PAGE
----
An introduction to Kubernetes for beginners. Includes the definition, architecture, benefits and misconceptions of Kubernetes. Written in plain English, ideal for both developers and non-developers who are new to Kubernetes.
Find out more about Kubernetes at Bytemark here: https://www.bytemark.co.uk/managed-kubernetes/
Both are essentially structures for storing and running applications.
● Virtual Machines (VMs) - Isolated at hardware level, higher resource usage.
● Containers - Slightly less isolated, leaner and faster.
○ Docker has ~95% market share in containerisation technology.
Virtualisation Technologies -
VMs vs. Containers
Virtualisation Technologies - VMs vs. Containers
● Because containers are so lean, you can have a huge number of them on a single
server. They allow large monolithic applications to be split into many microservices.
● Each microservice has its own container & controls one feature of the application.
○ Benefit: This is an efficient use of resources & can save on hosting costs compared
○ Problem: How do you manage, rollout, rollback, maintain and repair such a large
number of containers?
● The solution: Kubernetes
You can have 1000’s of containers on
● Kubernetes (K8S) is an open source software tool for managing containerised
● It operates at the container (not hardware) level to automate the deployment, scaling
and management of applications.
● K8s works alongside a containerisation tool, like Docker. So if containers are the
‘ingredients’ of an application, then K8S would be the ‘chef’.
● As well as managing individual containers, K8s can also manage clusters.
○ A cluster is a series of servers connected to run containers.
○ K8s can scale up to 5,000 servers and 150,000 pods in a single cluster.
○ A pod is a group of containers that share resources, a network and can
communicate with one another.
How Does Kubernetes Work?
1. Worker Nodes (slave) - This is
where containers are deployed.
These nodes contain:
a. Multiple pods
b. Docker engine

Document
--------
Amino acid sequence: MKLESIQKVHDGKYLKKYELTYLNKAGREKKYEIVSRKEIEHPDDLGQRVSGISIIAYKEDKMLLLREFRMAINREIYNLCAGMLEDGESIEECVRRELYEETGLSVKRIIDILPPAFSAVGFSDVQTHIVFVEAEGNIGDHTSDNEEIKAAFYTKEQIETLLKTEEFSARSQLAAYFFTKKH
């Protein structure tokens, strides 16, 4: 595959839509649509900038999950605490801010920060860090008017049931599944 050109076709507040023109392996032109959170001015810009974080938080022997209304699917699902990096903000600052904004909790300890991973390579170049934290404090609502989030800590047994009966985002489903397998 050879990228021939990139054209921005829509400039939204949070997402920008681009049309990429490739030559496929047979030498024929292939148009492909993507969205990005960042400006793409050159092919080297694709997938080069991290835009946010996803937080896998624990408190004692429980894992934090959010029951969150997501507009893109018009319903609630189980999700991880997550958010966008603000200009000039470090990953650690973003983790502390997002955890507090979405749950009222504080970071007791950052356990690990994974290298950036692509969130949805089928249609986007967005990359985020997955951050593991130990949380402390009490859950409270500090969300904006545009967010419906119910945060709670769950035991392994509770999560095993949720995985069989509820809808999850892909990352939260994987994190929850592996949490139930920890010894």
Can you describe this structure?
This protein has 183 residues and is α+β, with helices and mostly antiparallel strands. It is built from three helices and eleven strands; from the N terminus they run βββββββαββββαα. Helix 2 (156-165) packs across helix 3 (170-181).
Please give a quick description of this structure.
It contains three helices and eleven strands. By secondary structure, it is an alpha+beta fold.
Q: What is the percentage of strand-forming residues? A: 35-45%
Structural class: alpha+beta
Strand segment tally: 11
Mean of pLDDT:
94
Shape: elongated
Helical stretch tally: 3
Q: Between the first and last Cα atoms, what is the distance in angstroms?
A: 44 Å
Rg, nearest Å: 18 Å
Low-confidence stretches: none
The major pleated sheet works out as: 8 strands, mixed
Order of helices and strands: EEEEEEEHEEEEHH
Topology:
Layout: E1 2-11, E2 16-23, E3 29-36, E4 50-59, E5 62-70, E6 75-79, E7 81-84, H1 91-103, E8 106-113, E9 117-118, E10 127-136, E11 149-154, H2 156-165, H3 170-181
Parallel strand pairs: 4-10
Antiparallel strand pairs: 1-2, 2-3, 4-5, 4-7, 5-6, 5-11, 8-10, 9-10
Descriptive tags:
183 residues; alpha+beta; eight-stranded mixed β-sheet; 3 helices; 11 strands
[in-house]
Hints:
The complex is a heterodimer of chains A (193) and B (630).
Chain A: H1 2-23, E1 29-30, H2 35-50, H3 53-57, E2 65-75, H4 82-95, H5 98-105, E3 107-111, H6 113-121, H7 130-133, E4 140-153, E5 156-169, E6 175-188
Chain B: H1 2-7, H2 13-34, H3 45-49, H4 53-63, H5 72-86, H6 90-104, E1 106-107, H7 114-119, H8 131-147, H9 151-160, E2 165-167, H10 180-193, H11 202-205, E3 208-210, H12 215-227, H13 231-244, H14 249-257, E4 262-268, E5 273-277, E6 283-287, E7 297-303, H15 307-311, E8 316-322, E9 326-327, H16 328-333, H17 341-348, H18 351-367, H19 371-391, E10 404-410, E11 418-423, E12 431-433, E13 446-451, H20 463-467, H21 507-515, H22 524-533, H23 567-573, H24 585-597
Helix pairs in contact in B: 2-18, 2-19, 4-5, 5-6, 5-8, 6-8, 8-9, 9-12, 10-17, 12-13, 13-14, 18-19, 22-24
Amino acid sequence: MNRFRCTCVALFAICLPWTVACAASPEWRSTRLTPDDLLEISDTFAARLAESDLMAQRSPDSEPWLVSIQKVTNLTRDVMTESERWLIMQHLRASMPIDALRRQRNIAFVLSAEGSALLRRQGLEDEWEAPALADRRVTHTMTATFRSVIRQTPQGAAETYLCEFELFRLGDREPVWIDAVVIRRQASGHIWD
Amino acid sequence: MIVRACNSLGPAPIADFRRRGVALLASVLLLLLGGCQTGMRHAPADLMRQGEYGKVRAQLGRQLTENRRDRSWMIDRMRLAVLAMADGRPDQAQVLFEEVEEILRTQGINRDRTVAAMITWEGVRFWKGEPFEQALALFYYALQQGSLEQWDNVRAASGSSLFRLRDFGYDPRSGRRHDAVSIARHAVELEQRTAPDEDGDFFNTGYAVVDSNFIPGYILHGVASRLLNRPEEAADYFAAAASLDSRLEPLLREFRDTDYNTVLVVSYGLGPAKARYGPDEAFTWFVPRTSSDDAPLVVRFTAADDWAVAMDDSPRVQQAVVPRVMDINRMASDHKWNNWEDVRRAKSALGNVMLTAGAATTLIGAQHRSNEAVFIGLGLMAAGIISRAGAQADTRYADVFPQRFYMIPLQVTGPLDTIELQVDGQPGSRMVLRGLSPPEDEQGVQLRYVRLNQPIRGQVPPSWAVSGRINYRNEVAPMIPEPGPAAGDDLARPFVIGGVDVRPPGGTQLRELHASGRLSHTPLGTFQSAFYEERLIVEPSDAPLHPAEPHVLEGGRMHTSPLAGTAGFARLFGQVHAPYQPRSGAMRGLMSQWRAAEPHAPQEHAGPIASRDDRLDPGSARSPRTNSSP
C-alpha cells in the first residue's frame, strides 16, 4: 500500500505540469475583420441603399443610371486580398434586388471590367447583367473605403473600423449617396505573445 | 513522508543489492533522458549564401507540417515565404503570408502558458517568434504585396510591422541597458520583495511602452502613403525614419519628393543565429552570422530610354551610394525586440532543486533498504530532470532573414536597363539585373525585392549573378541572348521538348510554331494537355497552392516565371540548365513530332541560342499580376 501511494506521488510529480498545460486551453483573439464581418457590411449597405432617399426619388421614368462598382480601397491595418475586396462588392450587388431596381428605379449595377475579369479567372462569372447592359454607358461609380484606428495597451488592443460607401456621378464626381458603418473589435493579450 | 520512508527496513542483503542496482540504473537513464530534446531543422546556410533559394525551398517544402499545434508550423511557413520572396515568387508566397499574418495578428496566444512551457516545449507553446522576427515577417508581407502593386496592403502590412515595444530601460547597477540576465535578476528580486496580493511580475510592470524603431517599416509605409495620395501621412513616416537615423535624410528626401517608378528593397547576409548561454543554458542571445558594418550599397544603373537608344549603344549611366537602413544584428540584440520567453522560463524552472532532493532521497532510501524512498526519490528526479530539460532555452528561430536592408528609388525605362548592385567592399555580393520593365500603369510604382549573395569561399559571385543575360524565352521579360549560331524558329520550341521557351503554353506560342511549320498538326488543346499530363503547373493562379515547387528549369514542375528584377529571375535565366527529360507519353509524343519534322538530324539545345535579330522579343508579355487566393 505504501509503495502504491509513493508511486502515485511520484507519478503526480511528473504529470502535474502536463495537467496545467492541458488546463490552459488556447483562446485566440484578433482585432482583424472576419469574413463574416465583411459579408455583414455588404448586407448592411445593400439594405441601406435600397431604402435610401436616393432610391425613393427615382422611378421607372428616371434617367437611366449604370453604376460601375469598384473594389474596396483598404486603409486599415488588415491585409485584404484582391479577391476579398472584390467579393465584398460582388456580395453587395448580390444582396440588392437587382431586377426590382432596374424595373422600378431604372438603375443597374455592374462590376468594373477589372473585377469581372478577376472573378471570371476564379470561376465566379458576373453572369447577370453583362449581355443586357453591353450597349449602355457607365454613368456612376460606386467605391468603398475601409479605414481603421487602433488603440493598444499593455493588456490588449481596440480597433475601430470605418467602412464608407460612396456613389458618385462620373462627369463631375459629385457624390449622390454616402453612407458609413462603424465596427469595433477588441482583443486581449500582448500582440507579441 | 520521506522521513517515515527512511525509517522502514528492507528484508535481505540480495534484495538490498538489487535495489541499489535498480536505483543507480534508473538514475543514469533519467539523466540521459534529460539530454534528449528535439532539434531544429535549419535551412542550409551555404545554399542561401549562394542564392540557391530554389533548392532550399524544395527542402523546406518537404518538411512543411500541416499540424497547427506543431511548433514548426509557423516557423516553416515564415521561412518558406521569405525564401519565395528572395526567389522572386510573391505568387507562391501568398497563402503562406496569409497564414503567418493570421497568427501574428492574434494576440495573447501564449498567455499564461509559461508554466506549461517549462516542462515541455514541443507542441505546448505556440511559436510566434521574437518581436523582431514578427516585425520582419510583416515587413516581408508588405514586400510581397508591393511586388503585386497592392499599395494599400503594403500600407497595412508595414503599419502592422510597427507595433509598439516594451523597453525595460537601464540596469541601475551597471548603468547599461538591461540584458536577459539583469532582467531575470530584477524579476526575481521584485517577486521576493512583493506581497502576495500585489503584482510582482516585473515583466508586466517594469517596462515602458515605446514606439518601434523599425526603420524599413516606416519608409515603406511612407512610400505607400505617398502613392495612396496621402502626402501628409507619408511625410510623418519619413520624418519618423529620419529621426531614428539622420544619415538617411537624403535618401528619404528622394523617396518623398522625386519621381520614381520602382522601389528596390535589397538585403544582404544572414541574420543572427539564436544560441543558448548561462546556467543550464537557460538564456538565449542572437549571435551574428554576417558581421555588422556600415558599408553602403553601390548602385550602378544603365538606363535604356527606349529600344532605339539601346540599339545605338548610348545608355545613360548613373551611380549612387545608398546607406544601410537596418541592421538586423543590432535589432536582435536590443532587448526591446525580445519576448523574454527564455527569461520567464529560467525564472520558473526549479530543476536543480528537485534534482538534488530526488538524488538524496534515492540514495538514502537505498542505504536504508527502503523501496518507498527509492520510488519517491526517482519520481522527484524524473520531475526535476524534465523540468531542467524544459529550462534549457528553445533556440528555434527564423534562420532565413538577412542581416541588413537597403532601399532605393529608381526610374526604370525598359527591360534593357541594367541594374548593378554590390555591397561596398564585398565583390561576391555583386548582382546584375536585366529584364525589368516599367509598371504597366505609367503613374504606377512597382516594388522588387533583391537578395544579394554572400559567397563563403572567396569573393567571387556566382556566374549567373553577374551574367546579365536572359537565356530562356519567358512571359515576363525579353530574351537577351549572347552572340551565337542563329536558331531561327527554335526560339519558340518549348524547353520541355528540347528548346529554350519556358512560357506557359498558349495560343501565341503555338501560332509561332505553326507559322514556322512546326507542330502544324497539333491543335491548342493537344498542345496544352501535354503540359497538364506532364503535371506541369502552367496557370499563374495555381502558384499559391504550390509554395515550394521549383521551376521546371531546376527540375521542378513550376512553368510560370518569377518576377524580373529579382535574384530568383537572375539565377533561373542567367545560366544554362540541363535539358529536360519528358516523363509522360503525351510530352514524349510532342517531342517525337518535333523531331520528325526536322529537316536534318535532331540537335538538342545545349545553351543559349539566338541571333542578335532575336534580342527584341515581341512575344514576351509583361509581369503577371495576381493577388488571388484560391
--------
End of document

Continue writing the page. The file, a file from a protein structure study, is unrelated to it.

c. Any add-ons e.g. DNS
d. Kubelet - this is an important
component as it carries out the
instructions from the master
2. Master Node (master) - This controls the
deployment. This node contains:
a. API server - this receives inputs
from the User Interface (UI) or
Command Line Interface (CLI).
b. Controller - uses information from
the API to drive the application from
its current state towards the desired
d. Etcd - handles configuration
management, service discovery etc.
Kubernetes has a master-slave architecture:
To make the last slide easier to visualise, here is a diagram of the architecture:
Nodes 1-n (in
purple) are the
● Remembering the specific components and their roles isn’t important here.
● The architecture has just been outlined to give some background on how Kubernetes
is able to orchestrate containers at scale.
● Whilst initially the idea of Kubernetes sounds quite simple, seeing the architecture
shows that is is actually fairly complex to work with.
● This is why Bytemark want to offer a managed Kubernetes service - so our
customers can get the benefits of Kubernetes without worrying about managing and
maintaining everything themselves.
○ Clusters can auto-restore from errors by rolling back to the last working version of
software. This allows teams to ship quickly without the risk of breaking anything.
● High Availability
○ Clusters can be recreated on a working node to avoid downtime during server
● Simplifys Maintenance
○ If a server needs to be rebooted, or the host OS needs updating, containers can
be moved to another node whilst maintenance is carried out.
● Automatic Scaling
○ Uses information from user requests and CPU usage to increase or decrease the
number of nodes running to match demand.
○ Automatically spins up any new containers on under-utilized nodes.
Benefits of Kubernetes
There are sometimes misconceptions about what Kubernetes can do. Kubernetes does
● Provide any comprehensive machine configuration.
● Provide a configuration language/system
● Dictate logging, monitoring or alerting solution
● Build your application
● Provide middleware, data-processing frameworks, databases, caches etc. BUT these
components can run on Kubernetes
Things Kubernetes does not do...
● To learn more about Kubernetes at Bytemark,